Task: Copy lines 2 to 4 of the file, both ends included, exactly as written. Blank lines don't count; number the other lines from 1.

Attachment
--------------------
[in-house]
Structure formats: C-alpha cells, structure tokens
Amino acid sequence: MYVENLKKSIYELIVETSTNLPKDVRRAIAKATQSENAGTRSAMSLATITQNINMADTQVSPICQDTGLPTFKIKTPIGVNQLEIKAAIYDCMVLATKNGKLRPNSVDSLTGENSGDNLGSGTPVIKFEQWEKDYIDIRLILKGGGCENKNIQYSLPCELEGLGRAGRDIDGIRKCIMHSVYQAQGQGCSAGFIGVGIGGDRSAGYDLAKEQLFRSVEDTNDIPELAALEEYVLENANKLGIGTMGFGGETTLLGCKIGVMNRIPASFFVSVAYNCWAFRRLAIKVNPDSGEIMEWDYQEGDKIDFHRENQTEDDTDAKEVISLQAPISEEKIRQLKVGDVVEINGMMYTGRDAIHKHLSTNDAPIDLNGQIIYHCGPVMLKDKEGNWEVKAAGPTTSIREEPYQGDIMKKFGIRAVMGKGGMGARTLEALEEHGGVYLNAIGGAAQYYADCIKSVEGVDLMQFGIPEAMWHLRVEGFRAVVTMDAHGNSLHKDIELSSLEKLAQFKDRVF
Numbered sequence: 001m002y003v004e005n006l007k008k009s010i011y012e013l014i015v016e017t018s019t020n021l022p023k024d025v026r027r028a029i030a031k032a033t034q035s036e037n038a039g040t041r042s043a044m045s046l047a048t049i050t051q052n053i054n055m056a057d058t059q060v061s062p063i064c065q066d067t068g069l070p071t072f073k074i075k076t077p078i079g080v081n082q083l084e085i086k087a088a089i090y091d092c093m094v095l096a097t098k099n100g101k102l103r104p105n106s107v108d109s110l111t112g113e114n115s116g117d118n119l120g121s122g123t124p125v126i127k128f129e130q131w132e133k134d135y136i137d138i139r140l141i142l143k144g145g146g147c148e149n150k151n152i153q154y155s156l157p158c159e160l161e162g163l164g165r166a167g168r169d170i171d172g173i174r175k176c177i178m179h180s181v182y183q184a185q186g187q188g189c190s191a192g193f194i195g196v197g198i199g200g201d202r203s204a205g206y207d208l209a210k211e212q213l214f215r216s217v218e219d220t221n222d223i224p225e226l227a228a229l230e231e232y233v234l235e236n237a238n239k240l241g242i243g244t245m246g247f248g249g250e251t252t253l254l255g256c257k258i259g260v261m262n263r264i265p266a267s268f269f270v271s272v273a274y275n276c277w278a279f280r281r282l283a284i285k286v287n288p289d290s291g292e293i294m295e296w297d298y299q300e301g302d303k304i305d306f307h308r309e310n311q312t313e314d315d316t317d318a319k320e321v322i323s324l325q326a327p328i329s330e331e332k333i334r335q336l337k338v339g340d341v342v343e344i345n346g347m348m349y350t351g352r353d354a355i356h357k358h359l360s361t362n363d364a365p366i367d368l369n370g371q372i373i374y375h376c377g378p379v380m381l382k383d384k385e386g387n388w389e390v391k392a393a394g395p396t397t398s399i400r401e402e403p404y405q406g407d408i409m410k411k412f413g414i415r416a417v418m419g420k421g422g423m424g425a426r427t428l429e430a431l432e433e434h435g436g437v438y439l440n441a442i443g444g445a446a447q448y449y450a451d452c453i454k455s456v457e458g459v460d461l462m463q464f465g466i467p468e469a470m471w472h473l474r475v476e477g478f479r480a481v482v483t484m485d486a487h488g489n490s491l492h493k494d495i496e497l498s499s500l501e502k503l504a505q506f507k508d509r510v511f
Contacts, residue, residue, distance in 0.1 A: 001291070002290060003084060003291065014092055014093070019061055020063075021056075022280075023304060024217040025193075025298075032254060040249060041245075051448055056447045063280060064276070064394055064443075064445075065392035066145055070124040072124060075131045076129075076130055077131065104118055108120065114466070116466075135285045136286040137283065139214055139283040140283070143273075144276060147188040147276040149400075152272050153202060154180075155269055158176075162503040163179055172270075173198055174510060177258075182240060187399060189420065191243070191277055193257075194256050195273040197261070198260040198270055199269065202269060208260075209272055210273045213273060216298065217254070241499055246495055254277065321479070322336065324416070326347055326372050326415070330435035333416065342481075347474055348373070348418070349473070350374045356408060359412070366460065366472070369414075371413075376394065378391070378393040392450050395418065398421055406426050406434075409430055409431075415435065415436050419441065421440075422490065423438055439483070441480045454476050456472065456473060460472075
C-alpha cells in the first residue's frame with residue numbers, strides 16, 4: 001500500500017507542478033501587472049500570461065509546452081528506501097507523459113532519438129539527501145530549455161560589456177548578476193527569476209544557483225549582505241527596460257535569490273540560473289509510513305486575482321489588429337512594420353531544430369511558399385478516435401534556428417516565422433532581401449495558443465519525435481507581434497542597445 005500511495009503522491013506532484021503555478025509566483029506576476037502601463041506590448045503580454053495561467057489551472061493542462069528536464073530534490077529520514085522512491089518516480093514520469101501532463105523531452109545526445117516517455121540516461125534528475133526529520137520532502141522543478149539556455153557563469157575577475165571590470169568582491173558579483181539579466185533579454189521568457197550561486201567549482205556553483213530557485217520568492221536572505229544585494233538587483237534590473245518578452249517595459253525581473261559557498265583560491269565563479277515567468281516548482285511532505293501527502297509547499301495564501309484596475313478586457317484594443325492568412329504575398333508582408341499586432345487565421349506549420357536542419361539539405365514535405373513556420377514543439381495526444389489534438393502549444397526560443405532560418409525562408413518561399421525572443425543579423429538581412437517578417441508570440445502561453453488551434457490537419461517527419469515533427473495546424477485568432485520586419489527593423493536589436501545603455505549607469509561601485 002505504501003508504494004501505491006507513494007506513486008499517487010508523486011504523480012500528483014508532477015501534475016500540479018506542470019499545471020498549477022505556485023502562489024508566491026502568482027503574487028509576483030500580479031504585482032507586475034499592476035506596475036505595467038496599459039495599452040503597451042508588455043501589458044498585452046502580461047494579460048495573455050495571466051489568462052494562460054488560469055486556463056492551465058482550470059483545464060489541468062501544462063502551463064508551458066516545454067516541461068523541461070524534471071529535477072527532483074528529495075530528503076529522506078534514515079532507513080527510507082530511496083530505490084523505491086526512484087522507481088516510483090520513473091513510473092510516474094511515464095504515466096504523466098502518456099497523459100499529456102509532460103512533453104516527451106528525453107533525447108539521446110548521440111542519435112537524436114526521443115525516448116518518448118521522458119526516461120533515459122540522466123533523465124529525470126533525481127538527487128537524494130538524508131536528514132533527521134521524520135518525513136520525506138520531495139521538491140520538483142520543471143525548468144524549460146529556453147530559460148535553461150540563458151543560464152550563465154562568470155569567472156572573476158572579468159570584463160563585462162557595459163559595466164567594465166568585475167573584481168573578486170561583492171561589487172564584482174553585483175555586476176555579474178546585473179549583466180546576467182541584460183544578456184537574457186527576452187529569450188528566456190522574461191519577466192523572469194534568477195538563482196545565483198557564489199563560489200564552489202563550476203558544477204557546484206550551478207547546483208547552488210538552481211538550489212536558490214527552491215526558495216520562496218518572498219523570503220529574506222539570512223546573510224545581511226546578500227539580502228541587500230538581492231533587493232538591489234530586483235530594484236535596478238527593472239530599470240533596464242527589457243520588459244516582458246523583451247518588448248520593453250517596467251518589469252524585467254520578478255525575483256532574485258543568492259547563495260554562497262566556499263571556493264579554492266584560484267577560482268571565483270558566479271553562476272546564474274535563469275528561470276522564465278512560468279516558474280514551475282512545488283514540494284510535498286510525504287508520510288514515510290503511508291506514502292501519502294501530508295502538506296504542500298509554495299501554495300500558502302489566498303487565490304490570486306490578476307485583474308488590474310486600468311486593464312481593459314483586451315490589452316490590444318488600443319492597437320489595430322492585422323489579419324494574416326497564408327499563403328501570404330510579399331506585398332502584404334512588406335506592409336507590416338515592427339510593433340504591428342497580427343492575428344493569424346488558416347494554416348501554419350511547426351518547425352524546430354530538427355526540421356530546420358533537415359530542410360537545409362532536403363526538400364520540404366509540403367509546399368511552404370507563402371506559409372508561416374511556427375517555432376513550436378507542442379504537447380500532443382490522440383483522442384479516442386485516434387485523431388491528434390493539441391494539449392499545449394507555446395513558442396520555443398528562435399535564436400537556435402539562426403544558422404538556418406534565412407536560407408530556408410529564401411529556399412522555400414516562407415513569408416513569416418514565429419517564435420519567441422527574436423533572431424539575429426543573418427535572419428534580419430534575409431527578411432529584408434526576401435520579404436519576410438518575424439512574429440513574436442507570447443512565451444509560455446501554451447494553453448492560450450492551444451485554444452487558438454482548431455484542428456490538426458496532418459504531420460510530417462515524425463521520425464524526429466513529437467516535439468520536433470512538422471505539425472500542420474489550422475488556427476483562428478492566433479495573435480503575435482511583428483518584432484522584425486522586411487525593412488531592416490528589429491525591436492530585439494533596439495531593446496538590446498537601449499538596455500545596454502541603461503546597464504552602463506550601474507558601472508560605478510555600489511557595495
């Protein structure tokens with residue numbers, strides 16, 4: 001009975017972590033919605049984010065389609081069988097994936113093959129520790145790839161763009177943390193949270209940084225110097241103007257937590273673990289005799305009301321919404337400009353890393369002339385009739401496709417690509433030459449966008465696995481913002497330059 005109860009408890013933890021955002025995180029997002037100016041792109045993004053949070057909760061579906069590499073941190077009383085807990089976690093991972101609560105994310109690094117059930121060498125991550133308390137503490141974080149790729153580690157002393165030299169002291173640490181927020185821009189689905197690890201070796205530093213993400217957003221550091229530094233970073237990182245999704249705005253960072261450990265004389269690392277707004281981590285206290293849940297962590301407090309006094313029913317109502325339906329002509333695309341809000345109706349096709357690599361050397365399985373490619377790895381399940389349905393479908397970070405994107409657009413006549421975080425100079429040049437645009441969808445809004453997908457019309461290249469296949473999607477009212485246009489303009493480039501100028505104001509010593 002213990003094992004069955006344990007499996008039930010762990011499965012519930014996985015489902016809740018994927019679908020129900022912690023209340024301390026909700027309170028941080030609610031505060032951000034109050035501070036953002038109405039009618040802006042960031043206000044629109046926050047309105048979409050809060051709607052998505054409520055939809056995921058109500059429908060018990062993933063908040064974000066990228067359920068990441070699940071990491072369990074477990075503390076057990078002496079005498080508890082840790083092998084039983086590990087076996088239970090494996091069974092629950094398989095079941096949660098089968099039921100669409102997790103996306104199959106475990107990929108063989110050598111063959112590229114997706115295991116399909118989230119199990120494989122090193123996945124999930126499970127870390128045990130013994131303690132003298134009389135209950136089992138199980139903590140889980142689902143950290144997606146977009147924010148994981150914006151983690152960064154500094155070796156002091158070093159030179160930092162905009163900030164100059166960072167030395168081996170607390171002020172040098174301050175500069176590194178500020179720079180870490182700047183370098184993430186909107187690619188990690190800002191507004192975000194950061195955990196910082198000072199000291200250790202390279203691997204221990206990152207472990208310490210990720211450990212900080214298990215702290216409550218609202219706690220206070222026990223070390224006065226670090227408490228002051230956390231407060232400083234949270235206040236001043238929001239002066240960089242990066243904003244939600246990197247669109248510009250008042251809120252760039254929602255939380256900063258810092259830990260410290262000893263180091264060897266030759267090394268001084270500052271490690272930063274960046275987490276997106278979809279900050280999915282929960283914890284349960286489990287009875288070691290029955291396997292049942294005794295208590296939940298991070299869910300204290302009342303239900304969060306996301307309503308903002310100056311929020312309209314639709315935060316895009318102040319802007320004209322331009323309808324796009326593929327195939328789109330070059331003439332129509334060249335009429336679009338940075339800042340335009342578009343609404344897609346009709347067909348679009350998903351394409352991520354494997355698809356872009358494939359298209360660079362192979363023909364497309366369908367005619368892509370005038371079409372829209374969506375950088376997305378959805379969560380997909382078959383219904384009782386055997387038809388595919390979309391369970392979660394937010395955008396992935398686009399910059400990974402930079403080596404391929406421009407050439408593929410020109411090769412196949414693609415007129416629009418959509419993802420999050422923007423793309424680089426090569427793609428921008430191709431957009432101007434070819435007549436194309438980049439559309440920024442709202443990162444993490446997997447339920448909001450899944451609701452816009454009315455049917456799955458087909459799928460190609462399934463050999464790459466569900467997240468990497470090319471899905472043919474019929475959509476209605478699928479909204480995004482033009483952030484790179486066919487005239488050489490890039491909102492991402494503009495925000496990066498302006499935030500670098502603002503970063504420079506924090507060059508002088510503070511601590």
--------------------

Structure formats: C-alpha cells, structure tokens
Amino acid sequence: MYVENLKKSIYELIVETSTNLPKDVRRAIAKATQSENAGTRSAMSLATITQNINMADTQVSPICQDTGLPTFKIKTPIGVNQLEIKAAIYDCMVLATKNGKLRPNSVDSLTGENSGDNLGSGTPVIKFEQWEKDYIDIRLILKGGGCENKNIQYSLPCELEGLGRAGRDIDGIRKCIMHSVYQAQGQGCSAGFIGVGIGGDRSAGYDLAKEQLFRSVEDTNDIPELAALEEYVLENANKLGIGTMGFGGETTLLGCKIGVMNRIPASFFVSVAYNCWAFRRLAIKVNPDSGEIMEWDYQEGDKIDFHRENQTEDDTDAKEVISLQAPISEEKIRQLKVGDVVEINGMMYTGRDAIHKHLSTNDAPIDLNGQIIYHCGPVMLKDKEGNWEVKAAGPTTSIREEPYQGDIMKKFGIRAVMGKGGMGARTLEALEEHGGVYLNAIGGAAQYYADCIKSVEGVDLMQFGIPEAMWHLRVEGFRAVVTMDAHGNSLHKDIELSSLEKLAQFKDRVF
Numbered sequence: 001m002y003v004e005n006l007k008k009s010i011y012e013l014i015v016e017t018s019t020n021l022p023k024d025v026r027r028a029i030a031k032a033t034q035s036e037n038a039g040t041r042s043a044m045s046l047a048t049i050t051q052n053i054n055m056a057d058t059q060v061s062p063i064c065q066d067t068g069l070p071t072f073k074i075k076t077p078i079g080v081n082q083l084e085i086k087a088a089i090y091d092c093m094v095l096a097t098k099n100g101k102l103r104p105n106s107v108d109s110l111t112g113e114n115s116g117d118n119l120g121s122g123t124p125v126i127k128f129e130q131w132e133k134d135y136i137d138i139r140l141i142l143k144g145g146g147c148e149n150k151n152i153q154y155s156l157p158c159e160l161e162g163l164g165r166a167g168r169d170i171d172g173i174r175k176c177i178m179h180s181v182y183q184a185q186g187q188g189c190s191a192g193f194i195g196v197g198i199g200g201d202r203s204a205g206y207d208l209a210k211e212q213l214f215r216s217v218e219d220t221n222d223i224p225e226l227a228a229l230e231e232y233v234l235e236n237a238n239k240l241g242i243g244t245m246g247f248g249g250e251t252t253l254l255g256c257k258i259g260v261m262n263r264i265p266a267s268f269f270v271s272v273a274y275n276c277w278a279f280r281r282l283a284i285k286v287n288p289d290s291g292e293i294m295e296w297d298y299q300e301g302d303k304i305d306f307h308r309e310n311q312t313e314d315d316t317d318a319k320e321v322i323s324l325q326a327p328i329s330e331e332k333i334r335q336l337k338v339g340d341v342v343e344i345n346g347m348m349y350t351g352r353d354a355i356h357k358h359l360s361t362n363d364a365p366i367d368l369n370g371q372i373i374y375h376c377g378p379v380m381l382k383d384k385e386g387n388w389e390v391k392a393a394g395p396t397t398s399i400r401e402e403p404y405q406g407d408i409m410k411k412f413g414i415r416a417v418m419g420k421g422g423m424g425a426r427t428l429e430a431l432e433e434h435g436g437v438y439l440n441a442i443g444g445a446a447q448y449y450a451d452c453i454k455s456v457e458g459v460d461l462m463q464f465g466i467p468e469a470m471w472h473l474r475v476e477g478f479r480a481v482v483t484m485d486a487h488g489n490s491l492h493k494d495i496e497l498s499s500l501e502k503l504a505q506f507k508d509r510v511f